Once again the teacher recommends retention....once again, Michael is "placed" in the next grade. So it continues....and by the time Michael is in middle school he is so hopelessly behind that he never can catch up.

Now lets talk about teacher pay. I believe the last time I broached this topic with you, you were less than....understanding about the subject. But think of it this way. The best teachers don't stay teachers for long. Why? Because they can make more money in different fields...and they do so. These teachers may transition to teaching on the college level, work on developing curriculum, or simply drop out of the education field altogether. Who's left? Not the cream of the crop.

For the amount of work the average teacher does, the pay is incredibly....lousy. In addition, schools often don't provide the basic necessities for students...and neither do the parents. Who ends up buying paper and pencils and glue? I'm sure you can guess. When schools aren't provided with basics, its impossible to get the "bonus" items that our students really enjoy; technology. In my school we average one working computer per thirty students...and that computer is over ten years old. See the problem?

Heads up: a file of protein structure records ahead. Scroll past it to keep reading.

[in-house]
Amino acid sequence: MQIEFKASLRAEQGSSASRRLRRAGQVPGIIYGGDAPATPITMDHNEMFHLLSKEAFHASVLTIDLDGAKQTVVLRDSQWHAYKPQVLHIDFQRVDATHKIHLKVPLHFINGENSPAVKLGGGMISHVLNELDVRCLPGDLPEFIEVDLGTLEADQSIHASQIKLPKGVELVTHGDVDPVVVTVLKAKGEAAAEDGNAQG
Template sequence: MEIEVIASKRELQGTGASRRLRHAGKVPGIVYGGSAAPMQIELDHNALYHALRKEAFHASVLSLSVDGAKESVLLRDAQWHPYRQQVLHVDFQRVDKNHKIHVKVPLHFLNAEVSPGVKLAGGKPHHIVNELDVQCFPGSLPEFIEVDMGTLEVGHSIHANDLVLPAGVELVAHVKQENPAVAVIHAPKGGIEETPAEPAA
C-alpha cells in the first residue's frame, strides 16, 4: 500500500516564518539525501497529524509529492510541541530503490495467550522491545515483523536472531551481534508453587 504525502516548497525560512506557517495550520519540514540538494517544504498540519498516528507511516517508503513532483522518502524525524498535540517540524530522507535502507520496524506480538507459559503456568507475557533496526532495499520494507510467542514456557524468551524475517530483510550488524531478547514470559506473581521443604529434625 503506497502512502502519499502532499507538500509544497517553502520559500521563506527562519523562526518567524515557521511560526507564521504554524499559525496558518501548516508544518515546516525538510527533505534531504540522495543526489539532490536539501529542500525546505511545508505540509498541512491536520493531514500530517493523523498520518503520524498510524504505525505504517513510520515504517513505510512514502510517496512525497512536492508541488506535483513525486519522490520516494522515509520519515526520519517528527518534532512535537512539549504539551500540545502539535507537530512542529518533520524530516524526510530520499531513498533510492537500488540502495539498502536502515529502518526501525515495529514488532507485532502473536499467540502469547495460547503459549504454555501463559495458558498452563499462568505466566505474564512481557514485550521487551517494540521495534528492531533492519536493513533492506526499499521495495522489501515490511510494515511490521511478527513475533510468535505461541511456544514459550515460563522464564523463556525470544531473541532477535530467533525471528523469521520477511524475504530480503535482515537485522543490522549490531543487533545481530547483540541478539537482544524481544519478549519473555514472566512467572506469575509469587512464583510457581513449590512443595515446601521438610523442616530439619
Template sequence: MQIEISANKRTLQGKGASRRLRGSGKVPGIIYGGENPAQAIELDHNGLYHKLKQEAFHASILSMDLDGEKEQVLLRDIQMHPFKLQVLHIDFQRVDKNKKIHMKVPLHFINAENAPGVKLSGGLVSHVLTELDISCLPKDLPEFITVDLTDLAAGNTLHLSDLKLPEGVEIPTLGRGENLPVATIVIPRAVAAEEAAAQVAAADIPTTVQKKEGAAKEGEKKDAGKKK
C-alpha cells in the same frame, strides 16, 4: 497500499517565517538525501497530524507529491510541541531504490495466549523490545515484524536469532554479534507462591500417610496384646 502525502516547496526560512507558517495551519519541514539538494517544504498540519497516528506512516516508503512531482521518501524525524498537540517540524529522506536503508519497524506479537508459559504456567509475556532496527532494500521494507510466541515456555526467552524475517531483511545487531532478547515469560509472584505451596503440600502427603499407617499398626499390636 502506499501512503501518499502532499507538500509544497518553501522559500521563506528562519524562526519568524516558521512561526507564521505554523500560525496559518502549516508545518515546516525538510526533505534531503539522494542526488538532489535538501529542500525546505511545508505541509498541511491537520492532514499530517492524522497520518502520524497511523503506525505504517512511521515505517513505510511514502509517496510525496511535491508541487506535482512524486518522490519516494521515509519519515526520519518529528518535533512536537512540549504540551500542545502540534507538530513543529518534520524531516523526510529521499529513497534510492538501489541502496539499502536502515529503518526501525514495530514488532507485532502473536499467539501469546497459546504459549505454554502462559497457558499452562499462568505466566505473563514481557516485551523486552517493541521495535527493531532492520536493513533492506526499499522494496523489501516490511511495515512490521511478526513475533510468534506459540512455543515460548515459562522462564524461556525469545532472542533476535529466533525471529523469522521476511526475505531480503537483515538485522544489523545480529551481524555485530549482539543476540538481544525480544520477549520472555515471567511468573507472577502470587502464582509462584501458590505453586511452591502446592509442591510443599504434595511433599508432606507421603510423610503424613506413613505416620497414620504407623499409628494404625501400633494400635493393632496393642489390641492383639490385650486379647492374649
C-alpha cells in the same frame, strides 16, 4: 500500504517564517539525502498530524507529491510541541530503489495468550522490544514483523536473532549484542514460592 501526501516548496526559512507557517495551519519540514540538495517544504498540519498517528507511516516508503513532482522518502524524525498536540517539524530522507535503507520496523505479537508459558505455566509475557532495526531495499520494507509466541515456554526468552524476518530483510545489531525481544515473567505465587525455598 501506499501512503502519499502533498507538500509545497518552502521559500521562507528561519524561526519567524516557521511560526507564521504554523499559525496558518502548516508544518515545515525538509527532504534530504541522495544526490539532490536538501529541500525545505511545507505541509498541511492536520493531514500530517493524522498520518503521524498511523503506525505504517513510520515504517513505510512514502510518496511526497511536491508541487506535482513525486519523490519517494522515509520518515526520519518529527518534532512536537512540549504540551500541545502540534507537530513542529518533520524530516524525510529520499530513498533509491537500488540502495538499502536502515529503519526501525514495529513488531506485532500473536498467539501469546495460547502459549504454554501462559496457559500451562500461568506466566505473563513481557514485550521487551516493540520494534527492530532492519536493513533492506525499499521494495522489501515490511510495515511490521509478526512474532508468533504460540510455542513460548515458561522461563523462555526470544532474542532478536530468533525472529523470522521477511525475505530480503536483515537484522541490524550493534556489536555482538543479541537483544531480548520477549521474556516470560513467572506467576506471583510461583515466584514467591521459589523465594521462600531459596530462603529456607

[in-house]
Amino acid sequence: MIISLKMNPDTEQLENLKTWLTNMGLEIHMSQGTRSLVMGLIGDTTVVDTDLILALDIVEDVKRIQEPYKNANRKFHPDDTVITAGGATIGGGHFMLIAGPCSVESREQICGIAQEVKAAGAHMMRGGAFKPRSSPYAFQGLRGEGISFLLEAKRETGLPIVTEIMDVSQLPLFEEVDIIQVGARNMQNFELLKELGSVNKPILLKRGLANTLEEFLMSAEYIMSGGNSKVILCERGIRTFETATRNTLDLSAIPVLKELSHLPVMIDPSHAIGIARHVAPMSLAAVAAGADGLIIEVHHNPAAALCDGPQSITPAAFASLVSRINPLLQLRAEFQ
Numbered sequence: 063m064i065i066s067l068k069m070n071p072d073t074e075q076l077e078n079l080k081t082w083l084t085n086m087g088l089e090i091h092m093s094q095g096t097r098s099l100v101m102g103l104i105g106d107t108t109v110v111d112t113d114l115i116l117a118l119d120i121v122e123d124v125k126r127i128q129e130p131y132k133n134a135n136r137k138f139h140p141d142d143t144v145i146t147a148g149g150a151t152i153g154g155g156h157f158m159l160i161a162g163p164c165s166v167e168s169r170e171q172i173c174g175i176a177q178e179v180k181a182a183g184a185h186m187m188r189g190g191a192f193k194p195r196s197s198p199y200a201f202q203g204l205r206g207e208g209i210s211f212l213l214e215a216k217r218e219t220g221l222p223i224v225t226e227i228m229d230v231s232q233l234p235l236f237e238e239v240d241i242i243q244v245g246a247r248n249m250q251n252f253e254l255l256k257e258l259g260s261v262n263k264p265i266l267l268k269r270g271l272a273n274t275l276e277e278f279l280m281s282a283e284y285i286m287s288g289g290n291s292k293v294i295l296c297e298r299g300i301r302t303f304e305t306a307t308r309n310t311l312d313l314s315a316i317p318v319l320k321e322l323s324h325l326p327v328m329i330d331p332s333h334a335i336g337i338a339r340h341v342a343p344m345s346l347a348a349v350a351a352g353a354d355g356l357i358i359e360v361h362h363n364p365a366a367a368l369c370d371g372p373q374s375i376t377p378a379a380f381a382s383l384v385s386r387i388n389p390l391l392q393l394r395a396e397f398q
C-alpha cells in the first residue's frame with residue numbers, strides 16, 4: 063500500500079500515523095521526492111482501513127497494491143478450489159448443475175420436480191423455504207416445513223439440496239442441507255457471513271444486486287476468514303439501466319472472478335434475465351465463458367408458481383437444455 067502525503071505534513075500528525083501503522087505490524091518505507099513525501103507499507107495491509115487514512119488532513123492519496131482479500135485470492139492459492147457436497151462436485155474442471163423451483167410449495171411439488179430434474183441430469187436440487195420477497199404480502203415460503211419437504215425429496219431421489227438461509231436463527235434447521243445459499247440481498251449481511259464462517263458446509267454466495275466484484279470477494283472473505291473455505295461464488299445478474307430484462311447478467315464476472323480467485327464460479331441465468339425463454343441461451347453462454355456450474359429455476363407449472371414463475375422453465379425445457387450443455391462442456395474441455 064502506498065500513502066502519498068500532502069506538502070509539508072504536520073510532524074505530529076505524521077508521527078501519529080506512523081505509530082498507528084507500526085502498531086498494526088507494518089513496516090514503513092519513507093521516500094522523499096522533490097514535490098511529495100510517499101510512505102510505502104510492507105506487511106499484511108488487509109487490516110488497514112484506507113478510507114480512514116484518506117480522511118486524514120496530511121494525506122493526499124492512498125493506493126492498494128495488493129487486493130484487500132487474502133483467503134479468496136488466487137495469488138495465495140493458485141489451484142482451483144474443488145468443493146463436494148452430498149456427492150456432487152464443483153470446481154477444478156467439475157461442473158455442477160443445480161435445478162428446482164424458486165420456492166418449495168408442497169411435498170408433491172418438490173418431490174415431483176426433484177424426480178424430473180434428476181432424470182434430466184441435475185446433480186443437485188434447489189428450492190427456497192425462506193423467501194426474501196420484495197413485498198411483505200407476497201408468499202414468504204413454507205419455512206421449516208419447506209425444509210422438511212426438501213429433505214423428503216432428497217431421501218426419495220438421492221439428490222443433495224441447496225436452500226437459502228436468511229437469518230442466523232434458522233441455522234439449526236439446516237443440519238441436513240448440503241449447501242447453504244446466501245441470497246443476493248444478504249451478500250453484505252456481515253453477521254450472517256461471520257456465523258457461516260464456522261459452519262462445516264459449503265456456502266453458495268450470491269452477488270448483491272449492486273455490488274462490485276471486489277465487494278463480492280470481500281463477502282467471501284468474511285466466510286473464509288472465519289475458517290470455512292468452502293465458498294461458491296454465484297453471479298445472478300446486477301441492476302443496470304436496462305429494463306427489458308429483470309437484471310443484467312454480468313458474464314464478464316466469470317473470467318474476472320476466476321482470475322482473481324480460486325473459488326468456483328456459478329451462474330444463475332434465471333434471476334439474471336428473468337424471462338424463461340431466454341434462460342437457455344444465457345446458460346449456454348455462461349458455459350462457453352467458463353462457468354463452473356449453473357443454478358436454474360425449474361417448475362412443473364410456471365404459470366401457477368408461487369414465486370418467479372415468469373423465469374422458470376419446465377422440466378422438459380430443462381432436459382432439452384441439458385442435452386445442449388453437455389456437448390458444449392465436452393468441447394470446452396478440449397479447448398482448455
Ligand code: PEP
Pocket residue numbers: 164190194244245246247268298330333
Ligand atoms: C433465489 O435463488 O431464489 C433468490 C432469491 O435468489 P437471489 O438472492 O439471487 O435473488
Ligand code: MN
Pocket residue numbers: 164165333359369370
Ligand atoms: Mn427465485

Now lets talk about the parents. As both a teacher and a parent, I understand how difficult it can be to have a child in public education. It's hard to find time in the daily grind for homework, enrichment activities, etc. Perhaps the parent is single and struggling to raise five kids on her own. Perhaps he works two jobs just to provide a little food for the table, and simply can't be there to do homework. Or perhaps the parents genuinely don't care about education and see no need for it....after all, they are living just fine on the welfare system and they never graduated from high school. So what's the big deal?

Now I am fully aware that I've grossly generalized teachers and parents....and I want to acknowledge that the majority of parents do care about their child's education, but simply don't know how to help their child. The reason I posted this rather lengthy post is to remind everyone of the cracks in the education system.